• Magnetic Susceptibility (ꭕm)

Magnetic susceptibility of a material is defined as the ratio of the intensity of magnetisation (I) to the magnetic intensity(H) applied to the substance.

$\chi_m=\dfrac{I}{H}$

5. Elements of Earth’s Magnetic Field

  • There are three elements used to completely determine the earth’s magnetic field at a place. They are given below.

  • Magnetic declination(θ): It is the angle between geographic meridian and magnetic meridian planes at a place.

  • Angle of inclination or dip(ɸ): It is the angle that the intensity of the magnetic field of earth makes with horizontal line.

  • The horizontal component of earth’s magnetic field (BH): The earth’s magnetic field (B) at a place can be resolved into horizontal(BH) and vertical (Bv)  components.

$B_V=B\sin\phi$

$B_H=B\cos\phi$

$\tan\phi=\dfrac{B_V}{B_H}$

Where ɸ is the angle of inclination.

6. Magnetic Materials

  • Paramagnetic Materials

These materials experience a weak force of  attraction in a magnetic field. They get feebly magnetised in the direction of the applied magnetic field.

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Eg:- Al, Na, O2(at S.T.P)

  • Diamagnetic materials

Diamagnetic materials experience weak force of repulsion in an external magnetic field. They also get weakly magnetised in the opposite direction of the applied magnetic field.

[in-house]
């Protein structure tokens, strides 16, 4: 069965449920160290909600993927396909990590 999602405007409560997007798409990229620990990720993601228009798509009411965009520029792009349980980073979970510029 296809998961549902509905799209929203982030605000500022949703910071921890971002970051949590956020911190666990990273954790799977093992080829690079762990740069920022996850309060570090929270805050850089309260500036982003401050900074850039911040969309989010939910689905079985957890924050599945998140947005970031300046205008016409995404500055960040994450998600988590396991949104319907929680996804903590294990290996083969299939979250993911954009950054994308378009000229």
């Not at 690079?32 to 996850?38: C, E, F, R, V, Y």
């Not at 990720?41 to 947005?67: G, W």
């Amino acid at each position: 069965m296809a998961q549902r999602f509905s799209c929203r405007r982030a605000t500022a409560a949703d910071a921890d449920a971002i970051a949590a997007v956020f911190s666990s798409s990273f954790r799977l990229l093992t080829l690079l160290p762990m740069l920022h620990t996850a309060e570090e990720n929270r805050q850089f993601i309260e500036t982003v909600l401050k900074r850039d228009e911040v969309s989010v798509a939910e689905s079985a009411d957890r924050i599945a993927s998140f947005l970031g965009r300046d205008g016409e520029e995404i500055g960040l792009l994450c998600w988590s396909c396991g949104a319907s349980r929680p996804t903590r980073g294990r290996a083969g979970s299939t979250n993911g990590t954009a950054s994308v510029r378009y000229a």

Eg: Cu, Bi, N2(at STP), Pd

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  • Ferromagnetic materials

These materials experience a strong force of attraction in a magnetic field. They get strongly magnetised in the direction of the applied magnetic field.

Eg: Fe, Co, Ni,


7. Curie’s Law

  • According to curie’s law, magnetic susceptibility of a paramagnetic substance is inversely proportional to its absolute temperature.

$\chi\varpropto\dfrac{1}{T}$

$\chi=\dfrac{C}{T}$

Where C is the curie’s constant and T is the absolute temperature.

  • The temperature above which a ferromagnetic material becomes paramagnetic material is called curie temperature.

8. Hysteresis Curve

  • It is a B-H curve of a ferromagnetic material by noting down the variation in magnetic field density (B) with respect to changing magnetising field (I).

(image will be uploaded soon)

  • The lagging of magnetic flux density behind the magnetising field is called hysteresis and the B-H curve is called the hysteresis curve.

  •  The remainder value of magnetic flux density (ob), even after magnetising field (H) having it reduced to zero, is called retentivity.

  • The value of magnetising in the opposite direction to reduce the magnetisation of the material to zero is called coercivity

  • The area of the B-H curve gives the energy loss per one cycle of magnetisation and demagnetisation.



List of Important Formulae


Sl. No

Name of the Concept

Formula


Lorentz force formula

The force acting on a charged particle (q) in a combined electric field (E) and magnetic field (B)

$\vec F=q\vec E+q(\vec v\times \vec B)$


Pitch and radius of a helical path of a charged particle (q) moving at an angle θ to the magnetic field(B) with a velocity (v) 

$\text{Pitch}=\dfrac{2\pi mv\cos\theta}{qB}$